Study calls for comprehensive review of federal tax policy in Budget 2019 OTTAWA — Analysis of federal tax breaks released today by the Canadian Centre for Policy Alternatives (CCPA) suggests that men are capturing the majority of benefits from tax deductions, credits and loopholes.
Taxes and tax cuts
This report assesses who benefits from federal tax breaks and finds that men are capturing the majority of benefits from tax deductions, credits and loopholes. The portion of benefits currently going to men compared to women from 45 federal tax expenditures (tax deductions, credits, breaks and loopholes), and finds that only eight (19%) pay out greater amounts to women than men.
Photo by Spencer Tweedy (Flickr Creative Commons) Ontario’s back-to-school season is going to be especially disruptive for families later this year. Those of us with an interest in the state of our schools, and the well-being of children and the people who help support them, need to get ready—and get to work.
Since late last year, tens of thousands of French have hit the streets in protest of the country’s rising cost of living and shrinking opportunities. Many of these gilets jaunes protesters, named after the yellow safety jackets they wear in public, rely on their vehicles to get to work, or to do their work. President Emmanuel Macron’s proposed carbon tax, which would have added painfully to the cost of working in France, was the final straw.
VICTORIA—A new, more generous child benefit for children under 18, funding the CleanBC climate plan and capital investments in infrastructure around the province are positive elements of BC Budget 2019, but more ambitious action is still needed for middle and low income British Columbians, says the Canadian Centre for Policy Alternatives – BC Office.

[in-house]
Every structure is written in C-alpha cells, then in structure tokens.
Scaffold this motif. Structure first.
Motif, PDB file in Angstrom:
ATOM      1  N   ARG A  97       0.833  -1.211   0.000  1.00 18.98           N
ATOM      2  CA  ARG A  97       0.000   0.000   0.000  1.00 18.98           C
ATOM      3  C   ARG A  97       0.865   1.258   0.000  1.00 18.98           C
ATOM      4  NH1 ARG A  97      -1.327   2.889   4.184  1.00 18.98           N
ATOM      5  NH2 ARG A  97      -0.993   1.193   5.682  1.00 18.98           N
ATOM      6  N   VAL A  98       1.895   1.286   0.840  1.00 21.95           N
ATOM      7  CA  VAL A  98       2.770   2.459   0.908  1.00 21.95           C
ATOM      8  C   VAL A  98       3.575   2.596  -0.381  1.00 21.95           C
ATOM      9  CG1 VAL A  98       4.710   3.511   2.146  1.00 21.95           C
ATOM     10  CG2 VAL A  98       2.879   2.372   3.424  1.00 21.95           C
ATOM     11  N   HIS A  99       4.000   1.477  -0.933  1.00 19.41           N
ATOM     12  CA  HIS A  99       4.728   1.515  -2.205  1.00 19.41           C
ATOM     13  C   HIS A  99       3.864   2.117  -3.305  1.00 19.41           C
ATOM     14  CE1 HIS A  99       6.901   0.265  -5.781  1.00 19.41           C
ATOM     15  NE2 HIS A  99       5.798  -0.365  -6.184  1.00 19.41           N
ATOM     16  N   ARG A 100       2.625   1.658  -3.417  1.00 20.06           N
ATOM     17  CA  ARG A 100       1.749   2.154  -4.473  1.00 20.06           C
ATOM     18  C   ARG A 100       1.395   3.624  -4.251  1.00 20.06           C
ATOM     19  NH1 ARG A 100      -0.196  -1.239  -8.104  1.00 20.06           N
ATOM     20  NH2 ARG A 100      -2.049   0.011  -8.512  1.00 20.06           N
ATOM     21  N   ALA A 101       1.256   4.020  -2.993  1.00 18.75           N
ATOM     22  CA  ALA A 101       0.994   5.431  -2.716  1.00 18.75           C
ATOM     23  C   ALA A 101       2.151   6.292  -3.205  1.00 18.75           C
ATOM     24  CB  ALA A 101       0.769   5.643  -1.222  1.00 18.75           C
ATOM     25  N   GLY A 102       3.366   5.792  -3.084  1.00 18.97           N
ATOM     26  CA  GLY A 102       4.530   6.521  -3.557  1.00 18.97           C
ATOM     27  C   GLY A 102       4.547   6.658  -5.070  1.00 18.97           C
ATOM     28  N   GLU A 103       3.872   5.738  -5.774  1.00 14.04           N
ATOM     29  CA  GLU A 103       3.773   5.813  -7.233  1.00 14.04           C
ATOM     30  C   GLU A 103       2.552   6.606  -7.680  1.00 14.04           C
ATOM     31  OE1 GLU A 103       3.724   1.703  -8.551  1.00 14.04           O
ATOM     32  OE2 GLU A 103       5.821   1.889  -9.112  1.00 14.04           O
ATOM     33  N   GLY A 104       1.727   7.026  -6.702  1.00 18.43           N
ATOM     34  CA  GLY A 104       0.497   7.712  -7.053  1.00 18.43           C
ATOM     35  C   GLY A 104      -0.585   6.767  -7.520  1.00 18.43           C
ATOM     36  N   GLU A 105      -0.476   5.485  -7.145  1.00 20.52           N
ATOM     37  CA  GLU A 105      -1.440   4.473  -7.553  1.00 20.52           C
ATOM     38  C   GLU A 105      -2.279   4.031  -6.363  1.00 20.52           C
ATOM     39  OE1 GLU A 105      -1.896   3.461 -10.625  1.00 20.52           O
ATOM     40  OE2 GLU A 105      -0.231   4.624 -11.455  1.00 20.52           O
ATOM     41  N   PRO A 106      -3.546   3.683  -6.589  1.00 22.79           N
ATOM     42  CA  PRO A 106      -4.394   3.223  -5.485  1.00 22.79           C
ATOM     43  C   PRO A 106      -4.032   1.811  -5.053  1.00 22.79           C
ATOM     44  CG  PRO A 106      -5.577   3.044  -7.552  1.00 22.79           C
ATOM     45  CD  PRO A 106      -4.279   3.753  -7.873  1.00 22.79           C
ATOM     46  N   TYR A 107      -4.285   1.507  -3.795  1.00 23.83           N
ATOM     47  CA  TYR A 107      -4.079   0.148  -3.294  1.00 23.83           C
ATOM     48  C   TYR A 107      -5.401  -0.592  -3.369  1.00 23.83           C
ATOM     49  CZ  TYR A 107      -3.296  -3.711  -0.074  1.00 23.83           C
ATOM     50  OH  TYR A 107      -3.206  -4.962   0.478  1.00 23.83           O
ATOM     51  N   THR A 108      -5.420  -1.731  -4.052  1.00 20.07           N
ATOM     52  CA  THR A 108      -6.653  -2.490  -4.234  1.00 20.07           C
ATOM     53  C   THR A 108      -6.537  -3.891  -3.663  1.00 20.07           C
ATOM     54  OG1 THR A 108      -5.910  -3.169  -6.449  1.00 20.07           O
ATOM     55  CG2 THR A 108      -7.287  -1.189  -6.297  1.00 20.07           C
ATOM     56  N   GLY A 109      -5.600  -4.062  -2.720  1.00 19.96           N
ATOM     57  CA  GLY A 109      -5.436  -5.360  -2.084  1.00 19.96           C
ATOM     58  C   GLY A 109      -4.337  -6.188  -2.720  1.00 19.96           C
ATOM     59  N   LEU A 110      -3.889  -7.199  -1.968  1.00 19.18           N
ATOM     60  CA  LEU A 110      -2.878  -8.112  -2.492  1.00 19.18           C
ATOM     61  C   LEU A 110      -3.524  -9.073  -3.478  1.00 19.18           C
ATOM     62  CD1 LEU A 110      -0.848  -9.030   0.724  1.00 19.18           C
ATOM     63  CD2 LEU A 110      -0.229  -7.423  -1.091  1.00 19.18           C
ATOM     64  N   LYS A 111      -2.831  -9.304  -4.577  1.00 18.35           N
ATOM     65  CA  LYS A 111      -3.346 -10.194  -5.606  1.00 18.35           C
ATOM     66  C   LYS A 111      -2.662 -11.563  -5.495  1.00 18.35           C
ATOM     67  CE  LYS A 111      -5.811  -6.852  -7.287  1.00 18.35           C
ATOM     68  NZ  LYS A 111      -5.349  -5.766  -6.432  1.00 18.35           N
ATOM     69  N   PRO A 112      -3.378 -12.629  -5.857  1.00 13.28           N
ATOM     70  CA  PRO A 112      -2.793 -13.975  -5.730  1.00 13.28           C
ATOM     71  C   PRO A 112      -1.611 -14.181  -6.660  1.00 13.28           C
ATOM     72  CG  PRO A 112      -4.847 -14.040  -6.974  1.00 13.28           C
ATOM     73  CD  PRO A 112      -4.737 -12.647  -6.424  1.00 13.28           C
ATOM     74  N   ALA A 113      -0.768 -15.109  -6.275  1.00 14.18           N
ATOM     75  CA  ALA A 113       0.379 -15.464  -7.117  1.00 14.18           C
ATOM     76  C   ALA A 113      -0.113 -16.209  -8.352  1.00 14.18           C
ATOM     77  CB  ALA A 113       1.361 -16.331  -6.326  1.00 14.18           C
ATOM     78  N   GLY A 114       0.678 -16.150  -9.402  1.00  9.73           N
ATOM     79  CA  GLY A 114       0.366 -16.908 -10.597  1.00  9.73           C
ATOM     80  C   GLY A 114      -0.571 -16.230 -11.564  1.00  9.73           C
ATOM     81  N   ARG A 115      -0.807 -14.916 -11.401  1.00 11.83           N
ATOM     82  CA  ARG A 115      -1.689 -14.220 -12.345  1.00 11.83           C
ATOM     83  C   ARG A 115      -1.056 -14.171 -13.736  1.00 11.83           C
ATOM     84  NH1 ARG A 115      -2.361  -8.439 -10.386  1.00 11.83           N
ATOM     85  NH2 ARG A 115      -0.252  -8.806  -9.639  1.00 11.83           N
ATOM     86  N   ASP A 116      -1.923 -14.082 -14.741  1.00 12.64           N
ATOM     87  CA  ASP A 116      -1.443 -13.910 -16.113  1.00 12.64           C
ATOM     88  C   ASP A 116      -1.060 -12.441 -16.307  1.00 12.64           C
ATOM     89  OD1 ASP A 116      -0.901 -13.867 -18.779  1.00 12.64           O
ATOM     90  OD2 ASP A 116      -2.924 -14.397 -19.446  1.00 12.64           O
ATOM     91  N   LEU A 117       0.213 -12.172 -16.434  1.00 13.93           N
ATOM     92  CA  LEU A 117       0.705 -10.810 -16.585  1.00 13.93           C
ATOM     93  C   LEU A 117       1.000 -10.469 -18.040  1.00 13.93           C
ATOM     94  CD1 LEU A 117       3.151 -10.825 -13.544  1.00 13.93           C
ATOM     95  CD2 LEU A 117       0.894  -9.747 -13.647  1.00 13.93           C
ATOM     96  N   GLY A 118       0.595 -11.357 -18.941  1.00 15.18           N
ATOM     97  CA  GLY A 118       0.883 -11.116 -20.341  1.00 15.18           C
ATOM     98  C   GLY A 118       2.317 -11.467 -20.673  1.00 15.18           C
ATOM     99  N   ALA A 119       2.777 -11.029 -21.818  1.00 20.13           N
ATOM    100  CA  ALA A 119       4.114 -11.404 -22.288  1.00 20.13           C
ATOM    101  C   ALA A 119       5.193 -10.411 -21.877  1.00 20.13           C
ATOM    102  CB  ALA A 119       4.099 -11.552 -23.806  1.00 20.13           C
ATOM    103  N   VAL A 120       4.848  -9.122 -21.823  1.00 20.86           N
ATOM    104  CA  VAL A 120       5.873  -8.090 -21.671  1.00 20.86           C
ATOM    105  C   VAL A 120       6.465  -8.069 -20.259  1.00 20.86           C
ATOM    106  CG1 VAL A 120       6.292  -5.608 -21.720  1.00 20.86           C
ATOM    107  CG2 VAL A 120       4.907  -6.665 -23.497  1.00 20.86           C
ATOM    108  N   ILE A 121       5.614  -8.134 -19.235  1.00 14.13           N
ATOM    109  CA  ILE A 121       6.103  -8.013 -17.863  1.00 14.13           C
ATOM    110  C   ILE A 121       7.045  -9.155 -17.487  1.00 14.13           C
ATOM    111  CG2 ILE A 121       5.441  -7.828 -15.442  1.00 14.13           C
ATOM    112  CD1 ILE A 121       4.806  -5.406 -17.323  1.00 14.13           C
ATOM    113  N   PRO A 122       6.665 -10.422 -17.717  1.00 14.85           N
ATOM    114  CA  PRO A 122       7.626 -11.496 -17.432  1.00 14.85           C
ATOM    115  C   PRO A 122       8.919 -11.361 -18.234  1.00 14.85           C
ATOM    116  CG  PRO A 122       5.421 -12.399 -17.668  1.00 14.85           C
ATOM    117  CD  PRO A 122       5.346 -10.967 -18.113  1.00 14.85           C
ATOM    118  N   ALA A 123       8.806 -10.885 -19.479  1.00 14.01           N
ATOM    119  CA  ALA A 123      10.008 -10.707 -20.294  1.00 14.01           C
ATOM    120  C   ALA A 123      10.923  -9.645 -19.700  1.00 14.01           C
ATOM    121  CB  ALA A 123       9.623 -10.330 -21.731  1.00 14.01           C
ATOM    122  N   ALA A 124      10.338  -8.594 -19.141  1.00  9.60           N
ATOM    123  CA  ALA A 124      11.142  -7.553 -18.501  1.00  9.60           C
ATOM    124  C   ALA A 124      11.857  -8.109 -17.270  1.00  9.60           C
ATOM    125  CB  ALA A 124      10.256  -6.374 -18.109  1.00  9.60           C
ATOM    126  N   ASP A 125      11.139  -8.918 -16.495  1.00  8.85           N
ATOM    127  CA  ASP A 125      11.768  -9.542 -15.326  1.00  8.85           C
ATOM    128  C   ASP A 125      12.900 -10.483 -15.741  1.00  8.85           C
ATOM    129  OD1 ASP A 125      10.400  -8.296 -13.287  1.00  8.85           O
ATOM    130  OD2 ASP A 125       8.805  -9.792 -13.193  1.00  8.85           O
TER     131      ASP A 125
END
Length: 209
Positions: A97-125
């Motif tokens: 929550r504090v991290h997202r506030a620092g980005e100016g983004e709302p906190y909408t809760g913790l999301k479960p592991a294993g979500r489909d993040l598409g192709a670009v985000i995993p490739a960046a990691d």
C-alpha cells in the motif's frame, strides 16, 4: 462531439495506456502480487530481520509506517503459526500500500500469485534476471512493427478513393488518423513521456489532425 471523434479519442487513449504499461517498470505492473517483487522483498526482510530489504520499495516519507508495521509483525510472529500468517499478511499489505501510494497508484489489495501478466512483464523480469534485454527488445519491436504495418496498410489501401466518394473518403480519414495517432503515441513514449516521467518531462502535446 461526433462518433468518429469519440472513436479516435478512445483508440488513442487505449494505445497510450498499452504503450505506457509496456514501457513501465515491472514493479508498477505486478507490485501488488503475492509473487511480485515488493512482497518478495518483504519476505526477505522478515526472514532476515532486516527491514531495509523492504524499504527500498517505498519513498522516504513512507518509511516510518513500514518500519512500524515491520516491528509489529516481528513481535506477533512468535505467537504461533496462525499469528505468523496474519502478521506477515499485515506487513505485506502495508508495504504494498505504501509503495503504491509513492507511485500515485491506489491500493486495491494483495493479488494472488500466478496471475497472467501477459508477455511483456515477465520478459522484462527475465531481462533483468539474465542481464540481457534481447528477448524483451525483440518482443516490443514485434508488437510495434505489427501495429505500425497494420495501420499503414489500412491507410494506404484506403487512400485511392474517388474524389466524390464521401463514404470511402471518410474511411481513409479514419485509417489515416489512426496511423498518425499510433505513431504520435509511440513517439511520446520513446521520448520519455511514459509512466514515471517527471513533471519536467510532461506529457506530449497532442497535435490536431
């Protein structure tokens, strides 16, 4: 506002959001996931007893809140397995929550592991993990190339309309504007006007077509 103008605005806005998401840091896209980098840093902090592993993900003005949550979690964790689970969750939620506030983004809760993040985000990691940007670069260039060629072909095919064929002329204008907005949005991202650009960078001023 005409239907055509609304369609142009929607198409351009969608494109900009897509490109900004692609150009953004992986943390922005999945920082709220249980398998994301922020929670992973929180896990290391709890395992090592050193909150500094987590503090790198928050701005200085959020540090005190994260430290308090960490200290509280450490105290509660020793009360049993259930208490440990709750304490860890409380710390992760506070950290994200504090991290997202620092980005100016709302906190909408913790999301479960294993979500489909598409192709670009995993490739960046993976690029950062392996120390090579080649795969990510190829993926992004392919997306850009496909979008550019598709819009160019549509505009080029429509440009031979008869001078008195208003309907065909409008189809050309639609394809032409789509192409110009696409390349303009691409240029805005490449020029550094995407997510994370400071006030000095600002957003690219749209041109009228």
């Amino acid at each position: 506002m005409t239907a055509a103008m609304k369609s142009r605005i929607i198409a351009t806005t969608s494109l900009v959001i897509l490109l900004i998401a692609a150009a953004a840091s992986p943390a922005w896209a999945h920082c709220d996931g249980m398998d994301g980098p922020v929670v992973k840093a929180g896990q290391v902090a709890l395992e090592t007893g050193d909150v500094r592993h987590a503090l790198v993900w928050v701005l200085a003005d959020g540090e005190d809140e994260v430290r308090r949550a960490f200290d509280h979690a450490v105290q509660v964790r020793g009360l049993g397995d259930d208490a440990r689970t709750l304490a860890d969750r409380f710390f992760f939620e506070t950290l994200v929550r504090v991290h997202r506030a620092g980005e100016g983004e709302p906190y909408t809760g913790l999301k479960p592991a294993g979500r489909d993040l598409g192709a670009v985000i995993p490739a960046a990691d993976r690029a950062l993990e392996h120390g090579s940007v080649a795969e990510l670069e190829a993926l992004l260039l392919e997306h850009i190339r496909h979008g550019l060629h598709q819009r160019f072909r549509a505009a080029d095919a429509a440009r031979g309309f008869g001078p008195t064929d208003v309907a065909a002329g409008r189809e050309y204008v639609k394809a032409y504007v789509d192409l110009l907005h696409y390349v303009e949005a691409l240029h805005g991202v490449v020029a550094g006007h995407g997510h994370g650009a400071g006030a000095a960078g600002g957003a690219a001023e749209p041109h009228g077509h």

TORONTO—Cities in the Greater Toronto and Hamilton Area facing growing demands for public services and infrastructure, and a provincial government vowing to cut spending, should turn to a regional sales tax to boost their bottom line, says a new report from the Canadian Centre for Policy Alternatives’ Ontario (CCPA-ON) office.
This paper looks at how much revenue could be raised from a sales tax in the City of Toronto or in the Greater Toronto and Hamilton Area (GTHA). It provides an example of an enhancement to the sales tax credit to mitigate the impact on low-income households and estimates the distributional impact.
In advance of the Ford government’s first Ontario budget, this report examines the fiscal implications of the government’s actions so far, and the contradictions between those actions and repeated declarations on the need for fiscal prudence. The 2019 Ontario budget will reveal where this government is taking public services and finances. While the Ford government has announced that balancing the budget and reducing the province’s debt is a top priority, it has reduced revenues rather than increase them.
In this issue:
L’assurance-médicaments figure en tête du programme politique du Canada, et le Conseil consultatif sur la mise en œuvre d’un régime national d’assurance-médicaments du gouvernement fédéral, dirigé par le Dr Eric Hoskins, devrait présenter un rapport d’ici le printemps 2019.